Let’s be hon­est, Dr Eva has quite the rep­u­ta­tion for her tough-talk­ing, no-non­sense ap­proach to healthy liv­ing. The in­ter­net is lit­tered with videos of her chastis­ing over­weight con­tes­tants on Op­er­a­tion Trans­for­ma­tion. And there are some who be­lieve she would be bet­ter housed on the set of Mean Girls. But there is a softer side to this for­mi­da­ble woman who ad­mits she is strug­gling with the nerves that come with such a show. ‘Do you know what? I thought that I was go­ing back­wards be­cause I was so ner­vous. I re­mem­ber when I was first asked to do The Late Late Show in 2006… I didn’t eat for the whole run up to it. I sort of felt the same be­fore DWTS. In the full cos­tume re­hearsals… I felt so sick that I thought I was go­ing to get a panic at­tack and my en­ergy was drained and I con­vinced my­self I was go­ing to mess it up. ‘The worst part is the wait when the oth­ers are danc­ing and you know your turn is com­ing, that is like a tor­ture… Be­cause we are novice dancers a lot can go wrong and with a live au­di­ence that is a lot of pres­sure… But I am much bet­ter placed this week. Last week I had a re­ally bad week be­cause I kept think­ing about my strug­gle with the dance and go­ing over the steps in my head and then for­get­ting the steps. Then Seán told me to stop think­ing and look­ing for trou­ble and just go with it and I am in a bet­ter place this week. Worse case Seán will drag me along the floor and get it done.’ Seán Smullen, 19, started danc­ing at the age of four, and five years later moved on to ball­room and Latin. His ti­tles in­clude Lux­em­bourg Open Cham­pi­ons Ris­ing Star 2014 and Ir­ish Na­tional Show Dance Cham­pion 2015, and he was a semi-fi­nal­ist at the Grand Prix Moscow. Eva says train­ing with him has made the gru­elling train­ing bear­able and the pair have struck up quite a friend­ship since meet­ing.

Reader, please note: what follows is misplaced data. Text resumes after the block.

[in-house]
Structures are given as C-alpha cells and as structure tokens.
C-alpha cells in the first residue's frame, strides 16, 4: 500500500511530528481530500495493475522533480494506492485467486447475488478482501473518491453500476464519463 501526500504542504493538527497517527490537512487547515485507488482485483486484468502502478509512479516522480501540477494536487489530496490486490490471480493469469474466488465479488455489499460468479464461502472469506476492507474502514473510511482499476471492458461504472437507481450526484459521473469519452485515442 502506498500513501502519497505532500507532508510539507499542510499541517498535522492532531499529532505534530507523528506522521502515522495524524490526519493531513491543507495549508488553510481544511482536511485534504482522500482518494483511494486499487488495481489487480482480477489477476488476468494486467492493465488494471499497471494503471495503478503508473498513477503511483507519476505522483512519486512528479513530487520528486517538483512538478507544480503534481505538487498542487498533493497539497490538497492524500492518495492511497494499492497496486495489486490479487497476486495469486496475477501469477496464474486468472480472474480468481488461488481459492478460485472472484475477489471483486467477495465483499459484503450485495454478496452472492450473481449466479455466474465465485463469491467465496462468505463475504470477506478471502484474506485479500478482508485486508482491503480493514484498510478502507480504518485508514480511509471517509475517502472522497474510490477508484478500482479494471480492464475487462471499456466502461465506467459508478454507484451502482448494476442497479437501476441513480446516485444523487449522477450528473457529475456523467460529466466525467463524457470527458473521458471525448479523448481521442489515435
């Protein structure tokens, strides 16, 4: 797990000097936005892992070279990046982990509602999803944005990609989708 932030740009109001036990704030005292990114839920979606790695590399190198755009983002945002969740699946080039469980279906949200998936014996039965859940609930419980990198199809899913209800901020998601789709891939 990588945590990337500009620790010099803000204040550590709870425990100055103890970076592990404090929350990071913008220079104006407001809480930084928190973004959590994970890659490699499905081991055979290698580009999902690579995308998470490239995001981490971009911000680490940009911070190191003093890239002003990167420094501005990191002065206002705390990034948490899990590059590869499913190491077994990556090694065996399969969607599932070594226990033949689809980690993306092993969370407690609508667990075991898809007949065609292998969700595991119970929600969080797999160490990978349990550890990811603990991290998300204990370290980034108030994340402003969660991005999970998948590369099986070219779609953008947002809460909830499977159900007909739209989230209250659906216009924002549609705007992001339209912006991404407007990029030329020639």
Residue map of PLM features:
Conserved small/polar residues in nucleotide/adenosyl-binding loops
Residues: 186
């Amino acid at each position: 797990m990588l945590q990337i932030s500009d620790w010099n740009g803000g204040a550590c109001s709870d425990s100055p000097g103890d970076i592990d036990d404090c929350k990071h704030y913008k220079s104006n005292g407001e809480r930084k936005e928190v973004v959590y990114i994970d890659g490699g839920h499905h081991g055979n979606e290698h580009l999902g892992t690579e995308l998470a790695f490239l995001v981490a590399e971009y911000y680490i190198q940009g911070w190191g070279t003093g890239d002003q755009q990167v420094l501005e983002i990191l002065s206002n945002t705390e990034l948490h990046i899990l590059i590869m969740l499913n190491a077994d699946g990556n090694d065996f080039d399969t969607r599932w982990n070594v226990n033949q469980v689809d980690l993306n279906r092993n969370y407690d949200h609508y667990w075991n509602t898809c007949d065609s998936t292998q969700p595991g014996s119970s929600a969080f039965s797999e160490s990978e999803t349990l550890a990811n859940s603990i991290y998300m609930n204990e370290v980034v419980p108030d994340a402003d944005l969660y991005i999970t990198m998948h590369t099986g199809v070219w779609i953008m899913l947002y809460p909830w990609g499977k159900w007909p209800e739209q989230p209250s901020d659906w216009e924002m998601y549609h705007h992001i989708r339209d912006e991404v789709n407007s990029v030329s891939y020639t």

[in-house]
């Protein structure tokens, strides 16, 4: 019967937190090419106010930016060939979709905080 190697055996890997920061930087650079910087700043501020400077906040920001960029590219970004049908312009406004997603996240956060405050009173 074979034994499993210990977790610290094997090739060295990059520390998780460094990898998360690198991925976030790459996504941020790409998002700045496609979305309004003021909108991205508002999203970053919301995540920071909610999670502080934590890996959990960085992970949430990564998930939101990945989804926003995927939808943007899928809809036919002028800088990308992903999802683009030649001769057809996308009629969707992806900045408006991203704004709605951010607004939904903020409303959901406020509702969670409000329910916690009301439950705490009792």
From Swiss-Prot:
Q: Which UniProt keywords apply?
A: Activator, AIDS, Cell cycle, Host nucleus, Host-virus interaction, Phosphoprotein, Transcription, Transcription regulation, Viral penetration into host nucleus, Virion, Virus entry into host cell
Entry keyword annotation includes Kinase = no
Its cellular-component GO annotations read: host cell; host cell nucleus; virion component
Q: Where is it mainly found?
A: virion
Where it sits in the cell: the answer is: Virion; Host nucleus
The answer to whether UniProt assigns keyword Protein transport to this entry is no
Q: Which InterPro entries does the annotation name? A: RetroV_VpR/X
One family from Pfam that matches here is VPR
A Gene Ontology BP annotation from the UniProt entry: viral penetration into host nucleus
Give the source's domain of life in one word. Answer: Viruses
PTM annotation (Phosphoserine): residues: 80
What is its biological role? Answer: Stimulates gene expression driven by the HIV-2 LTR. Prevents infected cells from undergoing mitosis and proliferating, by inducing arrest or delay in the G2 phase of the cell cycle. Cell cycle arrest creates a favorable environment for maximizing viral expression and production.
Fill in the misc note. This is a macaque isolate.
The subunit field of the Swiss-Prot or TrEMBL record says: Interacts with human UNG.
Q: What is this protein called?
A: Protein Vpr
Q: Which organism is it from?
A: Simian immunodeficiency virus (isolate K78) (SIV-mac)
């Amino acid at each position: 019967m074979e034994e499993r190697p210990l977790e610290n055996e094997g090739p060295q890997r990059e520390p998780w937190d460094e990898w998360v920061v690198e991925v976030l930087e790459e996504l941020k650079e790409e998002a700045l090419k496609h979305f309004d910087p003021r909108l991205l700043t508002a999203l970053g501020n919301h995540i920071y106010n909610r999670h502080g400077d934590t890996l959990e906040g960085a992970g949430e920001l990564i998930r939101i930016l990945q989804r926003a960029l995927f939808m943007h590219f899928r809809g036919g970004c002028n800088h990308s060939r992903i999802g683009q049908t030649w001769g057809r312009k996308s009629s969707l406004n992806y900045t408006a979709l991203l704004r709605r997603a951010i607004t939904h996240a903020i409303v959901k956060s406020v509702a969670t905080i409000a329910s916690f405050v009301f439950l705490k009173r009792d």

‘The train­ing with Seán has been in­cred­i­ble’, she says. ‘He is ex­tremely pa­tient. He jokes all the time and he starts ev­ery sen­tence with: “I have told you a mil­lion times al­ready.” I think the fact that I ask so many ques­tions would get on most peo­ple’s nerves but he has been vir­tu­ally un­flap­pable. I am try­ing to ap­ply a log­i­cal ap­proach to danc­ing. If I un­der­stand it I can then learn it… I sug­gested one day that he buy a Taser ma­chine and ev­ery time I make a mis­take he zaps me. Maybe that would work but I think he was a lit­tle bit shocked… I am of the opin­ion that what­ever he needs to do to teach me is okay be­cause I want to learn to dance be­cause I love it.’

The pair­ing could have blown up in the face of DWTS pro­duc­ers. The chem­istry between dancers can of­ten make or break the celebrity’s chance of vic­tory or, at least, save them from mak­ing a fool of them­selves on na­tional tele­vi­sion.

‘In fair­ness I couldn’t have got a dancer with a bet­ter per­son­al­ity to be matched with,’ she says. ‘He is re­ally in­no­cent and just re­ally good with me and a lit­tle bit of a flirt which is great for a woman of my age to have a lit­tle bit of that young en­ergy but he is ex­tremely man­nerly and nice to be with.’

Dr Eva, 50, moved here from Fin­land in 2000. She has two teenage sons, Christo­pher and Evan, with Wy­att – her South African hus­band of 21 years from whom she re­cently split. Eva has moved out of the fam­ily home and is work­ing on her own life.

‘The show has been fan­tas­tic to help with the break-up,’ she says. ‘It keeps me re­ally busy. Of course you then ask your­self what is go­ing to hap­pen when the show is over and then sud­denly there is that empty space that comes into the life sud­denly. At the same time there is so many things that I have

‘When I was young I wanted to be­come a bal­le­rina’

Youth­ful en­ergy: Dr Eva and her dance part­ner Seán Smullen